The first theme identified by faculty and students was AR Cultivated an Effective Environment for Dynamic Engagement. Faculty and student reflections strongly supported the methodology of AR in cultivating an open, honest, and mutually respectful environment that facilitated rich discussion. One student shared, “The environment encouraged mutual respect for the faculty and student roles and created a safe space for multiple perspectives to be shared” (Student #1). Two students recognized equality within the AR environment. One student stated, “An environment of equality was created that allowed for the elimination of any imbalances between students and between students and faculty.” A second student added, “Elimination of faculty and student power imbalances provided a working environment that fostered open and candid conversations” (Student #4). A faculty member and student both identified the value of ample time over the duration of the AR process, which “facilitated deep and rich discussion” (Faculty #1), as well as “fostered group comfort and confidence” (Student #3).
The second theme found by the research team was AR Cultivated Individual Student and Faculty Growth in Cognitive and Affective Knowledge. Students' reflections revealed an increased cognitive knowledge with research skills and inquisitive thinking. One student remarked, “First-hand experience with the AR project improved my understanding of research by allowing us to walk through the steps of research both individually and collaboratively with faculty mentors and peers” (Student #1). Faculty insight reinforced this finding: “It was fun to see students blossom in their understanding and skills with research” (Faculty #1). Both student and faculty reflections affirmed that the AR process created deep inquisitive thinking such as constant questioning, remaining open minded, and change from product to process thinker. One student stated, “Researchers were encouraged to remain open minded while constantly questioning and assessing the appropriateness of the research direction” (Student #2). Another student reflection confirmed a change in thinking: “The openness of the AR methodology was challenging and difficult because I tend to be a product-based thinker. [AR] has allowed me to think out of the box and allowed me to be [think] more creative and successful” (Student #3). The value of group inquisitive thinking was confirmed by a faculty member, who shared “Faculty and students gained insights from various levels of the program which was rewarding as we put all the pieces together” (Faculty #2).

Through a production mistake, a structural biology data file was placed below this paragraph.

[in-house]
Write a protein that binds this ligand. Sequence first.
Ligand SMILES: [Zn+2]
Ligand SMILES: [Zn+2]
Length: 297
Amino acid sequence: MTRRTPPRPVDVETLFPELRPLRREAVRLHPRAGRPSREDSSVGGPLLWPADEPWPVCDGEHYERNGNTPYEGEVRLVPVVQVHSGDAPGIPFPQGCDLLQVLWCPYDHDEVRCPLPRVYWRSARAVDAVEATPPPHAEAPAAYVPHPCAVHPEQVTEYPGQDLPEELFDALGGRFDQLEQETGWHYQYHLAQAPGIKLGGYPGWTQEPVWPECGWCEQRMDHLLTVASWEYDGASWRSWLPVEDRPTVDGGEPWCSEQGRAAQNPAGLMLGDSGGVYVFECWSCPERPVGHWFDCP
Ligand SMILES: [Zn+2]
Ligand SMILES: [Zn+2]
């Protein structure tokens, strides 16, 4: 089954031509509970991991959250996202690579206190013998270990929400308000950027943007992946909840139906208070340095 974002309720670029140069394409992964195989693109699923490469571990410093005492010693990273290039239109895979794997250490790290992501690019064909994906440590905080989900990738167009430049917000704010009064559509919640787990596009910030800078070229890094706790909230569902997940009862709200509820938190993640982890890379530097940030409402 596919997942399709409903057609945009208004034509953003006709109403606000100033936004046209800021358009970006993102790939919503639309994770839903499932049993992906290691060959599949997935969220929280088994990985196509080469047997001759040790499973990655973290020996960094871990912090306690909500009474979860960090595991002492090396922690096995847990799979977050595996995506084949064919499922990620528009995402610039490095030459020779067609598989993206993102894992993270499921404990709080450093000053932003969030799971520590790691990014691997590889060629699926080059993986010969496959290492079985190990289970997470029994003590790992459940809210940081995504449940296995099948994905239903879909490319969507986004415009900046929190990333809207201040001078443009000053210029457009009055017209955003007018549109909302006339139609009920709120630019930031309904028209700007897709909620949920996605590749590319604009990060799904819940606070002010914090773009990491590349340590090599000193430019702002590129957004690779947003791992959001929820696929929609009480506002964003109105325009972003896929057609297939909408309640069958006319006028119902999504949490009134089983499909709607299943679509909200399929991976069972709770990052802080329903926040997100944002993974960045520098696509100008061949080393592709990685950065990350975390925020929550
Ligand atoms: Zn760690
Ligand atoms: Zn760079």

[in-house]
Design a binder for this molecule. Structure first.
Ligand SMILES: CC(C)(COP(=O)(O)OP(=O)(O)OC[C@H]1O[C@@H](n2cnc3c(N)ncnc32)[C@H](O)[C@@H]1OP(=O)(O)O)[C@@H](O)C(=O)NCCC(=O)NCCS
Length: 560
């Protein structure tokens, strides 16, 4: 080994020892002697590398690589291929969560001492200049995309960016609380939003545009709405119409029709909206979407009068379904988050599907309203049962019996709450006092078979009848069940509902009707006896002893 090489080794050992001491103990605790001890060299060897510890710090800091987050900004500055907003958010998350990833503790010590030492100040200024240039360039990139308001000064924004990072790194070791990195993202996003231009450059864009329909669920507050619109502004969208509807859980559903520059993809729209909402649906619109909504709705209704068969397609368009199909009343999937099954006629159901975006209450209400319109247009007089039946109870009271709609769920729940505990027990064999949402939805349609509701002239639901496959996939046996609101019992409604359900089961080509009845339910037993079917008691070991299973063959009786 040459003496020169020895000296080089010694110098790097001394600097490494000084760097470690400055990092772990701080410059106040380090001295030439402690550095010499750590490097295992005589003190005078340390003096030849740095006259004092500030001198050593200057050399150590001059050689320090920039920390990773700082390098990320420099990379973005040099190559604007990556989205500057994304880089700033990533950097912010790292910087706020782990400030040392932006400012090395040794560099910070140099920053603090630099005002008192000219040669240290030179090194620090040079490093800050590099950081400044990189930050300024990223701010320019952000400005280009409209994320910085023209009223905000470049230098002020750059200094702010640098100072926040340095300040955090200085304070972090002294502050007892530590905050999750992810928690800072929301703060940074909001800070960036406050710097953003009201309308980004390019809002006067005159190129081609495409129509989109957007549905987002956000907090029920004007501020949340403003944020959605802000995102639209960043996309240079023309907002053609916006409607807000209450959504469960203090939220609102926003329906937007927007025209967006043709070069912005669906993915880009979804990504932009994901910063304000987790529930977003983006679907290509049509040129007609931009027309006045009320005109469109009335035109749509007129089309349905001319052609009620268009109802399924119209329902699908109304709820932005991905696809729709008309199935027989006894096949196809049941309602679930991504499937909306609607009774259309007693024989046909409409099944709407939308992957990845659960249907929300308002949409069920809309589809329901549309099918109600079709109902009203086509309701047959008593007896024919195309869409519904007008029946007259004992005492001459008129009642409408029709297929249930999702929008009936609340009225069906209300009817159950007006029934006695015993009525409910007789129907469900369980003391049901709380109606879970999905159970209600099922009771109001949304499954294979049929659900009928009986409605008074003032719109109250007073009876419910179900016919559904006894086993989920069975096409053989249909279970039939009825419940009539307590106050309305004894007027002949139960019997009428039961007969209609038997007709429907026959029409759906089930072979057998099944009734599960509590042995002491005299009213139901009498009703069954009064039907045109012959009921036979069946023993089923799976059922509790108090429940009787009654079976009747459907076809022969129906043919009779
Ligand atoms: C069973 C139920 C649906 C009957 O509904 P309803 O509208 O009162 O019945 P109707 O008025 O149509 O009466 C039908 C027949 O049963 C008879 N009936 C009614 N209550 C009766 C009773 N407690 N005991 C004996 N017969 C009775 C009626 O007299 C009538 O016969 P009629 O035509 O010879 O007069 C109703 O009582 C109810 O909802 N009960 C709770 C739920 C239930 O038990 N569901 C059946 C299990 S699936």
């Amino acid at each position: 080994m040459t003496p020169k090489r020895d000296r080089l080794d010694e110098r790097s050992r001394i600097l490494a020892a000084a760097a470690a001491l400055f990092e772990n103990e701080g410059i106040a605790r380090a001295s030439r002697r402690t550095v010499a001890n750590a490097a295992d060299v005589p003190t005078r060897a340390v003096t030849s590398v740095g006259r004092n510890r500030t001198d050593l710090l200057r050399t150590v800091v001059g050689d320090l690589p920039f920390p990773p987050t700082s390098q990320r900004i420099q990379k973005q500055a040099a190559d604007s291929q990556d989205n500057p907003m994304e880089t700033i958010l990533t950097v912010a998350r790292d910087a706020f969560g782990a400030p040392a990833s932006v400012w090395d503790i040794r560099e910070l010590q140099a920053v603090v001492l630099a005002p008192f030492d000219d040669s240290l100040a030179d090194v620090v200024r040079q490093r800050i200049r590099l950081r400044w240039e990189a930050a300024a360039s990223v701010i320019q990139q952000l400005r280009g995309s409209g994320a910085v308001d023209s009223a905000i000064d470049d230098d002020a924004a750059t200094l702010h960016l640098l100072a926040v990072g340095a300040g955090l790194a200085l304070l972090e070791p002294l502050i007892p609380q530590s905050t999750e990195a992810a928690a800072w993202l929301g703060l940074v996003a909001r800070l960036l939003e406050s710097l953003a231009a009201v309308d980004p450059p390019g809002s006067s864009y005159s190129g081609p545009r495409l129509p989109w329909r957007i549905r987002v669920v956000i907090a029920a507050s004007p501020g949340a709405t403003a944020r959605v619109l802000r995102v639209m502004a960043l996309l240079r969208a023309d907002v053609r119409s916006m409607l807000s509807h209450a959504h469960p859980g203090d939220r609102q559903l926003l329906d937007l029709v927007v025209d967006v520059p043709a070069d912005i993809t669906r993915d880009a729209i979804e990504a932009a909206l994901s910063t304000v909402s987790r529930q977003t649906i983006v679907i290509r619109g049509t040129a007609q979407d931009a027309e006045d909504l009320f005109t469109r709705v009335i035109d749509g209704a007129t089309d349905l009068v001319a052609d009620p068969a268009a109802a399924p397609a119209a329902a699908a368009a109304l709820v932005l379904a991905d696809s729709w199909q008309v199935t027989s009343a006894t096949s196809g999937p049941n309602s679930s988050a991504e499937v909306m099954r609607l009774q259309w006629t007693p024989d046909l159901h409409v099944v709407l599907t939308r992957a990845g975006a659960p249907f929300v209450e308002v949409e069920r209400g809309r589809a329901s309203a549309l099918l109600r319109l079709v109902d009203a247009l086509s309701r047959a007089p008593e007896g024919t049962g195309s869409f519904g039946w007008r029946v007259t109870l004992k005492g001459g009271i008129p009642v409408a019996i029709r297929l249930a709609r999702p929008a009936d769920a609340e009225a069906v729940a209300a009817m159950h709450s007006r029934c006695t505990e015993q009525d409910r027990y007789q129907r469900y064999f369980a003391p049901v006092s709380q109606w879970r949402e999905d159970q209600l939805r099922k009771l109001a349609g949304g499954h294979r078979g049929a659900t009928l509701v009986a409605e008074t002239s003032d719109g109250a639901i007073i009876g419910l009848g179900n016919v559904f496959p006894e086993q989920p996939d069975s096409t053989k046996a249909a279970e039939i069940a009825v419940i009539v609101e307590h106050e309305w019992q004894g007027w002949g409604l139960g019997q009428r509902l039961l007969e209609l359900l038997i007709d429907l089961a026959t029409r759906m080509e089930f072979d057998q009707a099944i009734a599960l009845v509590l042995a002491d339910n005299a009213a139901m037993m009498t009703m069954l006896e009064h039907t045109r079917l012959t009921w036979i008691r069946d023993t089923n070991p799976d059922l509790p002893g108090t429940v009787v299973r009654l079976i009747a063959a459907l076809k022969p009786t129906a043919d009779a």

Students' growth in affective knowledge resulted in positive peer–faculty relationships, increased confidence, discovery of integrity in their student voice, and a sense of pride with accomplishment of the research project. A student shared, “My student-to-student relationship with peers was positive within the AR process. [All] students were able to gain credibility by describing examples from across the curriculum” (Student #1). A student described confidence with the research process: “I gained confidence in articulating the research and process effectively with other students and faculty” (Student #4). Another student described affective growth by stating, “I am so proud of the project we completed and I feel strong pride because we played a role in the foundational steps of the process. We were not handed a topic of study, but rather helped to grow the project from conception” (Student #3). A faculty member reinforced student pride in the project, stating “They took ownership in the project as active coresearchers and not as assistants” (Faculty #2).